Houston Rockets guard Russell Westbrook, whose positive COVID-19 test delayed his trip to the NBA restart bubble, rejoined the club Wednesday for his first team workout.
Westbrook was forced to quarantine for two weeks after testing positive, then arrived Monday and tested negative but still spent two days in isolation in his hotel room at Walt Disney World in Orlando, Florida.
While the league began scrimmage games Wednesday, Westbrook was adjusting to his first time on the court with NBA scoring leader James Harden and his other teammates.
“I’m just thankful and blessed to be able to go out and compete again,” Westbrook said. “Before I had to quarantine, I was in pretty good shape, so I should be all right.”
Westbrook said a stuffy nose was his only COVID-19 symptom and that he felt like he was able to stay in shape while in isolation.
“Just quarantining at home, trying to be productive, obviously not able to get on the basketball floor, but finding ways to kind of stay active and do as much conditioning I can probably do as far as that,” Westbrook said.
“I have to see if I can make a layup at this point. I got to start there and work my way from there.”
Westbrook, who joined the Rockets last July in a trade with Oklahoma City, probably will not play Friday in Houston’s first scrimmage against defending NBA champion Toronto after going through about 80% of the full workout, coach Mike D’Antoni said.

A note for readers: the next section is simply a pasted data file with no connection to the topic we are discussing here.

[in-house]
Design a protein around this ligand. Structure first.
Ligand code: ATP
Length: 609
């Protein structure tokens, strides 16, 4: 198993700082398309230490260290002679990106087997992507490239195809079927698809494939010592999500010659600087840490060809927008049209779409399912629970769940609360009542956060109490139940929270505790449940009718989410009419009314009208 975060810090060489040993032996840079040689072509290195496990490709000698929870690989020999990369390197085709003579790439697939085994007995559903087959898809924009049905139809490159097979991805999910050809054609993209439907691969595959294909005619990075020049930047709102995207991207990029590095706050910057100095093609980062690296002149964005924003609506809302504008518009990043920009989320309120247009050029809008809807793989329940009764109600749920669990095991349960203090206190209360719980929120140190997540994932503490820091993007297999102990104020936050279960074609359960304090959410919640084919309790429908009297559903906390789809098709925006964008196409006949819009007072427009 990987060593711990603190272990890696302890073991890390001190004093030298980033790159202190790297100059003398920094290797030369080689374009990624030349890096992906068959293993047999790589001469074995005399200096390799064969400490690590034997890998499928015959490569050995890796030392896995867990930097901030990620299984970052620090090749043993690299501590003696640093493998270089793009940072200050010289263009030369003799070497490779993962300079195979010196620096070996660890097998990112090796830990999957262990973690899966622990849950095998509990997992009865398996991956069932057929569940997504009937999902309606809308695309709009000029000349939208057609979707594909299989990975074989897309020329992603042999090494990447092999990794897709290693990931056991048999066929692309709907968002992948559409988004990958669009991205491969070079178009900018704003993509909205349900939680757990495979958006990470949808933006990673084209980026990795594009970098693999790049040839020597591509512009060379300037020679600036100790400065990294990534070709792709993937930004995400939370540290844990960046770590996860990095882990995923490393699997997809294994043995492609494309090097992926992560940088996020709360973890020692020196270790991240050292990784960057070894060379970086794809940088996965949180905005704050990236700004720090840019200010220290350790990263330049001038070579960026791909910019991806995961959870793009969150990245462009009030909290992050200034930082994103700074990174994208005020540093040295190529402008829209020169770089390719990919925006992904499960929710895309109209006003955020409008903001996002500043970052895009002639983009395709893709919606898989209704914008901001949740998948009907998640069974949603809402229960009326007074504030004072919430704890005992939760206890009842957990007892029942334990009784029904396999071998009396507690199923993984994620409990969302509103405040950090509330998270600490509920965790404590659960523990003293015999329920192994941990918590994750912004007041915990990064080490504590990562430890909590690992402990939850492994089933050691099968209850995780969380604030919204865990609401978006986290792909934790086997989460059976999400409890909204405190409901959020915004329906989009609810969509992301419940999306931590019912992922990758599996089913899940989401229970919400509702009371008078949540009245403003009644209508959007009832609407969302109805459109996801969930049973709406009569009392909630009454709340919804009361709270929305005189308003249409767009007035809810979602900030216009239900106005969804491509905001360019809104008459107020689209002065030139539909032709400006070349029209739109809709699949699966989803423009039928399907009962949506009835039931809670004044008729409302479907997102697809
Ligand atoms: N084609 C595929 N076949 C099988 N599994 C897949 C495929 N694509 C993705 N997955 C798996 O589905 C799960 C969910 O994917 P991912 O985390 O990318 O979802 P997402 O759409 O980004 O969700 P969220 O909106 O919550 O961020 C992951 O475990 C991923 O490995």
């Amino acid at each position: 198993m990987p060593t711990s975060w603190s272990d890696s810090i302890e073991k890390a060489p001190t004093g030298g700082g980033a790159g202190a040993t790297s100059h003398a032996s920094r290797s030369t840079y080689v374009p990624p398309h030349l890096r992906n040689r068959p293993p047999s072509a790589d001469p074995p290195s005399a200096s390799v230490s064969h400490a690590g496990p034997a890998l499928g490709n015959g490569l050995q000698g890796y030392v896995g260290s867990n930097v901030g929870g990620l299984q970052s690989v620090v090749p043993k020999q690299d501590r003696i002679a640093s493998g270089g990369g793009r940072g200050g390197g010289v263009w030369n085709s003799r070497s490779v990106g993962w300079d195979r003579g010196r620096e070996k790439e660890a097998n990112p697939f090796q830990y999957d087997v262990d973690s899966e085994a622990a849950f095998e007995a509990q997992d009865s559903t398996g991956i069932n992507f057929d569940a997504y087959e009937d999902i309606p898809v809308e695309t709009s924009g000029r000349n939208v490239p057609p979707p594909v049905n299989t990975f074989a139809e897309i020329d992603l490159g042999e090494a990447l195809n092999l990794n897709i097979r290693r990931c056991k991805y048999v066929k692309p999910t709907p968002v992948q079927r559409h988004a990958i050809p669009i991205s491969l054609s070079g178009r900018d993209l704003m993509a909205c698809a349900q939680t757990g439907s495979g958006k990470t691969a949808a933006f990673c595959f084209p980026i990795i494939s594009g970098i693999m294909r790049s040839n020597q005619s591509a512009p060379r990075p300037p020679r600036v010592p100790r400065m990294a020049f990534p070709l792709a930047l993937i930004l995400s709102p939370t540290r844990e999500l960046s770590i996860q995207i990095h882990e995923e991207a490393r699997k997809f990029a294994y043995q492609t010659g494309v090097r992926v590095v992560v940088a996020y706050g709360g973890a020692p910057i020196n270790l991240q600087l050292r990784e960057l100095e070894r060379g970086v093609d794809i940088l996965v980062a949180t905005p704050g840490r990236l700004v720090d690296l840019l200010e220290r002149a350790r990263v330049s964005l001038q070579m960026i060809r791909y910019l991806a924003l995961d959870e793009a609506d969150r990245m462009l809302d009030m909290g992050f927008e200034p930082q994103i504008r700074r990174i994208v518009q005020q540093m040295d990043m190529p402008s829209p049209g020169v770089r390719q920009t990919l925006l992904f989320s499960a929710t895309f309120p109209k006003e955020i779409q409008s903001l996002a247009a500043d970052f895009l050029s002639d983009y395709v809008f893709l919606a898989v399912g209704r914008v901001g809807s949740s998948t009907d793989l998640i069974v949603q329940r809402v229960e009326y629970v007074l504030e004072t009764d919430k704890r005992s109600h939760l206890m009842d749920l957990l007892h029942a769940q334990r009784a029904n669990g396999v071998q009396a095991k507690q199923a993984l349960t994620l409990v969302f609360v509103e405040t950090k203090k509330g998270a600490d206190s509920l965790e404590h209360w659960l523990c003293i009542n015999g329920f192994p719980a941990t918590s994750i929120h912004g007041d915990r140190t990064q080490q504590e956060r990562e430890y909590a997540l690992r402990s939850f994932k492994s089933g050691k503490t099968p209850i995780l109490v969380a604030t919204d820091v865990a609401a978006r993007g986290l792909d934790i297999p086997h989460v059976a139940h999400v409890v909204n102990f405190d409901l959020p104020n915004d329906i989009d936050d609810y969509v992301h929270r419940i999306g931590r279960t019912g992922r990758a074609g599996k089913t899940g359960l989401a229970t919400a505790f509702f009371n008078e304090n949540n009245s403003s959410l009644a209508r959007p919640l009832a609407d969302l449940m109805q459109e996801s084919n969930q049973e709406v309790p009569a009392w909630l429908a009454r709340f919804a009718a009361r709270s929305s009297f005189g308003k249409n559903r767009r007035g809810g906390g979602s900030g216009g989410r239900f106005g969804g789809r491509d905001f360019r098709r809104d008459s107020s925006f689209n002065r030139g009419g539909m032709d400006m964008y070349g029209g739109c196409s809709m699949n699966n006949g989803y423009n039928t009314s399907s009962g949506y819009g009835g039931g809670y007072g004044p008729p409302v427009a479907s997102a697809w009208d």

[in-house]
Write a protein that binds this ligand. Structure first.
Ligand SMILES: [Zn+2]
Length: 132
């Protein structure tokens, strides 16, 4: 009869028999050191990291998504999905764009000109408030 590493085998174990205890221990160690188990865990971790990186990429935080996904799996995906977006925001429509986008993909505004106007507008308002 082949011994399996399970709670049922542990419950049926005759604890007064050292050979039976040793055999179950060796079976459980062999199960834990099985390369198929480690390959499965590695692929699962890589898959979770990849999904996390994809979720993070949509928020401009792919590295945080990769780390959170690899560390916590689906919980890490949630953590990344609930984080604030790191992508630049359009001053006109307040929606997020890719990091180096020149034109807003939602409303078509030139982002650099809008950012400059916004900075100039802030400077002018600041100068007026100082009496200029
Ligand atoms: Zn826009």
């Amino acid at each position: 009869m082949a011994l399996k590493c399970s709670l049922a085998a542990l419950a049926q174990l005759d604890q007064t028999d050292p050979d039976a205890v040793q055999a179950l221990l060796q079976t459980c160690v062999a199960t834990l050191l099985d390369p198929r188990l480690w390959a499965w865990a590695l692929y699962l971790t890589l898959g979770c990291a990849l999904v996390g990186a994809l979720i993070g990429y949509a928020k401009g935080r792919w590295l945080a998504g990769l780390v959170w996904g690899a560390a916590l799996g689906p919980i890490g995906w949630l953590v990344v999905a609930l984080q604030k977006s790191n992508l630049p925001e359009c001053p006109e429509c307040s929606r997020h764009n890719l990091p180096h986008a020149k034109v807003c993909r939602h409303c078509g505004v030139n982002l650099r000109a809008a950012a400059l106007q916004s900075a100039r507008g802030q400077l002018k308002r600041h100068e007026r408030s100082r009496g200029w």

“We’ll wait the next two practices, see where he is, whether he wants to be thrown out there real quick or wants another couple of days,” said D’Antoni.
“Whatever he wants is cool. He knows his body. We’re not talking about a normal athlete. We’re talking about a super athlete.”
Westbrook was the 2017 NBA Most Valuable Player after matching 1960s star Oscar Robertson as the only players in NBA history to average a triple double for an entire season, producing his first of three consecutive triple-double campaigns with a league-high 31.6 points, 10.7 rebounds and 10.4 assists.
Westbrook, who led the league in assists the past two seasons, averaged 27.5 points, 8.0 rebounds and 7.0 assists over 53 games for the Rockets when the coronavirus pandemic shut down the NBA season March 11.
At 40-24, the Rockets are sixth in the Western Conference entering the final eight regular-season games to be played without spectators in the NBA bubble. They’ve already clinched a playoff spot but would like to take a higher seed for the NBA playoffs that begin next month.
Houston is still missing Cameroon forward Luc Mbah a Moute, who was due to arrive soon in Orlando after being signed two weeks ago. The African standout played only four games last season, his 11th in the NBA, after a left knee injury.